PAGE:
In a previous column Dr. Mooney and I looked at the link between genetics and the disease of alcoholism and the neuropharmacology that leads to the compulsion to drink. We saw that once there is the onset of the disease that certain neuro-chemical sequences occur in the brain each time alcohol is introduced into the system setting up a cycle that will require the continued presence of alcohol in the system. This compulsion to drink is usually linked with the drinker’s denial that he or she has any problem. To the addicted and non-addicted person alike this denial of a problem is one of the most frustrating, least understood aspects of the disease.
This article will try to help us better understand this concept which is referred to as denial. First we must clear up some confusion; often people think that denial is a form of mental illness. Non-addicted people suggest this because it seems “crazy” for the alcoholic to deny that he has a problem when his or her drinking is causing his family to break up, or creating financial problems or causing his law practice to decline. Denial is not a type of mental illness, but the fact that people may think it is reflects the imprecision of the term. The word denial implies that there is some conscious process going on, when there is not. A more accurate term would be self-deception. Let’s look at what happens.
An alcoholic has a biochemical compulsion to drink. When you have a compulsion to drink the natural response is to drink. If you drink compulsively you get drunk or reach a functional state of intoxication. After you get drunk the natural thing that happens is you get in trouble from your drinking. This is the basic progression of alcoholism. Two incompatible behaviors are created: first the physiological need to drink and second the irresponsible behaviors that come with the altered mental and emotional state of intoxication.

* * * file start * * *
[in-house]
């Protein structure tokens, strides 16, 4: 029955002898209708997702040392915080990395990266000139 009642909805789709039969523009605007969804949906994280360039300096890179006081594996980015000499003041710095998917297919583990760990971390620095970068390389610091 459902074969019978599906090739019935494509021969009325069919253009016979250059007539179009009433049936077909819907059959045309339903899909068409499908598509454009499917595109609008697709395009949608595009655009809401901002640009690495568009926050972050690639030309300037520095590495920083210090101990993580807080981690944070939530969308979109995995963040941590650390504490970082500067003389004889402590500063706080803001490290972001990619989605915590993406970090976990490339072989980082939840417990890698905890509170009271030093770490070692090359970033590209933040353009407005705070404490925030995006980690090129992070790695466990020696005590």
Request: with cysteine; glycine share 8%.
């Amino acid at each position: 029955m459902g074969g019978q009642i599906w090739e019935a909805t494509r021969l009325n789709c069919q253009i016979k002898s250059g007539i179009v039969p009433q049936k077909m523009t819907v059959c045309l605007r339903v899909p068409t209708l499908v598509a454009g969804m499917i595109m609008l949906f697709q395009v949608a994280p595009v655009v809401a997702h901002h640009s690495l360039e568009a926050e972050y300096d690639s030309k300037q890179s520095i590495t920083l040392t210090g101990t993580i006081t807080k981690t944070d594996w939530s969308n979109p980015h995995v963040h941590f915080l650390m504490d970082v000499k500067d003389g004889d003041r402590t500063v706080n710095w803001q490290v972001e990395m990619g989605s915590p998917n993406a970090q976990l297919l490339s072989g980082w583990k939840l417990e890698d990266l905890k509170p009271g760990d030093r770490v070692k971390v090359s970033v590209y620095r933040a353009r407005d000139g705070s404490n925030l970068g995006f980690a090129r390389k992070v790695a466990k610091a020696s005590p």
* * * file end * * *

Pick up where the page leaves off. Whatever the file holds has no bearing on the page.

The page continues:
The self-deception is the process by which the psyche seeks to reconcile these two conflicting outcomes: a) the physical need to drink; and b) the negative physical behaviors that come with intoxication. In other words the mid-brain, the site of the altered neurochemistry of addiction tells the body I have to have this chemical and yet when it is ingested the drinker engages in conduct governed by his intoxication that is at odds with his or her own values. These two conflicting internal messages create a pressing need in the psyche for reconciliation, to bring about an inter-psychic truce so that the person can drink and not have severe mental anguish.
So how does the mind do this? It does this by developing a pattern of rationalizations, of self-deception that go something like this: I don’t mind being a little irresponsible, I have spent too much of my life being uptight; or I don’t mind if my children don’t have a sober father at home, they need a few challenges so they will be able to face the real world; or I don’t mind drinking up the money I would use to send my kids to college because they will be a lot better off if they have to work for an education; or my spouse really isn’t the sort of person I thought he/she was when we married, so my infidelity is really not inappropriate. In other words there is a slow erosion of the person’s ordinary value system so that the person never has to look at his or her alcohol use in a negative way. The trouble created by alcohol use isn’t seen as trouble. It is seen as problems that others cause. Lawyers are particularly good at this self-deceptive thinking because they are trained to believe that every situation has two sides.